He died in August last year but would have loved to have been there.

    Flt Lt B C Fitch DFC finished the war with his crew intact after 2 tours, becoming an an instructor & converting to the first fast jets.

    His Lanc was LL777 QR-S (Sheila not Sugar – after his wife) which like many crashed in Belgium after being shot up over Guiessen. He had left it for others by then. It had nose art of a poor hand of cards and ‘A Slim Chance’ motto. That slim chance held out for him till last year.

    He always meant a lot to me and was a hero like so many of his squadron who did not come back. Two of his squadron colleagues won VCs (Ried & Manser) and there were numerous DSOs & DFCs.

    So, thank you for being there and recording what was and still is a great day, the people you met, the emotions and highlighting a great memorial to those ‘many’ who did not return.

    This monument will be of great comfort to the friends and familes of the living and the dead who served in the RAF at that difficult time.

    It will be a source of peace, solace and as you so rightly pooint out, closure.

    I will visit very soon and pay my respects.

    Kindest regards,


    • Julie on said:


      I recently discovered that my Grandmother’s Brother, Sgt. Earnshaw Ashworth (air gunner), lost his life on LL777’s final flight, on 6th December 1944. Although it is unlikely that your Uncle and Earnshaw knew each other they shared a close association with this particular Lancaster.

      In April this year, I was lucky enough to visit the Bomber Memorial and spent some time there, thinking about the men who served. The monument is indeed a fitting tribute to them and the sacrifice they made.



  3. David (RAF retired) on said:

    So very well written. Thank you for putting the thoughts of many into words that can be read by so many more.

  4. What a wonderful, just a shame it so long to show our appreciation.

  5. Paul David Marshall on said:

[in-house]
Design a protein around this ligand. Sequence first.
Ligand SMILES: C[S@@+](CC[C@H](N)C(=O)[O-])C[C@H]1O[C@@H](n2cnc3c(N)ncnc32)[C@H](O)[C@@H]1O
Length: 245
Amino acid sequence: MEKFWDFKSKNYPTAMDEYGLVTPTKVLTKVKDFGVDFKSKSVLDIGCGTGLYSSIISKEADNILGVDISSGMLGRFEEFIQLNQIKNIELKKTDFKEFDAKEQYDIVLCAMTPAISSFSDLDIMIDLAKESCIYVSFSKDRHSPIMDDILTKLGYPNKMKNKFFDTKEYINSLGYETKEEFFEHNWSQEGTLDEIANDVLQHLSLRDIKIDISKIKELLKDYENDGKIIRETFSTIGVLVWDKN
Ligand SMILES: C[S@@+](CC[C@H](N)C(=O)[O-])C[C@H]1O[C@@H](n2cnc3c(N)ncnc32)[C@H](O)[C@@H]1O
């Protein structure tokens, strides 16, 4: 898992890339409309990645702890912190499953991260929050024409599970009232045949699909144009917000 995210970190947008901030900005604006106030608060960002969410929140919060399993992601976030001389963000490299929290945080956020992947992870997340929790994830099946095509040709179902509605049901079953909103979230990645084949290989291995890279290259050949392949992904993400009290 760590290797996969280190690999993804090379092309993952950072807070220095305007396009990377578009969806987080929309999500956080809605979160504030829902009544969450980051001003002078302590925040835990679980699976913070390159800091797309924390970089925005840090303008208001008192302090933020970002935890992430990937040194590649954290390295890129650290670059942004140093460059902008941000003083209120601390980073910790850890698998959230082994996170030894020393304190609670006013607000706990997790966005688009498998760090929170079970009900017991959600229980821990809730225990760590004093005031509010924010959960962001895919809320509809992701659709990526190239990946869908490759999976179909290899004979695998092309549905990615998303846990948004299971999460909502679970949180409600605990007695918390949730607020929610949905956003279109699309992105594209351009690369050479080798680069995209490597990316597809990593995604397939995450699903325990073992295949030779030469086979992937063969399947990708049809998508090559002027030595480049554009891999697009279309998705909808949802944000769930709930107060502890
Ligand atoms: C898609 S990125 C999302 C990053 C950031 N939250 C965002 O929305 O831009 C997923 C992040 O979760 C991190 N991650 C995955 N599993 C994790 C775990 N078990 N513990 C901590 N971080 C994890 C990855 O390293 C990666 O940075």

Nice sentiment nice words yes finally closure. “so many owe so much to so few”. Let’s hope l/we don’t hear words like “dirty secret” or “embarrassed by” ever again it grates me

  6. Dermot Bell on said:

    I had similar feeling when I volunteered to be an Usher for the BoB 60th at Westminster. The night before there was a hangar cocktail reception for all the veterans. Speaking to these guys was a privilege. They had come from all over the world for one last big gathering. The stories they told and friendships they still maintained as if it was yesterday were quite exceptional.
    I was asked by a Hurricane pilot from Oz how many times I had been shot down (he had survived 2) and I felt rather embarrassed to tell that I had never even been shot at. We had been chatting and he had enquired about which Ops I had been on as he recognised some of my attendance medals. He assumed that as I was on heavies that we must have taken a hell of a battering as that was his memories of friends on Bomber Command. Of course these days the High Value Assets (I was on VC10 tankers) are well protected and rarely have to do anything dangerous. But it was a reminder of how different war was then. I am not for one minute saying that what our forces are doing in various parts of the world is low or no risk, far from it, but that what these guys went through day in day out was truly astounding.
    As always, these guys made light of it and still loved to banter each other about which was the better aircraft, some things never change.

  7. Your description of the memorial has convinced me that my next visit to London MUST include a visit to see it for myself! All three pieces are very well written and a lot better than many articles in today’s press.

  8. A blog by my friend who was also in Green Park with her dad who flew 47 missions in Lancs during the war: http://sandycanblog.blogspot.co.uk/2012/07/bomber-command-memorial-dedication.html?showComment=1341320361835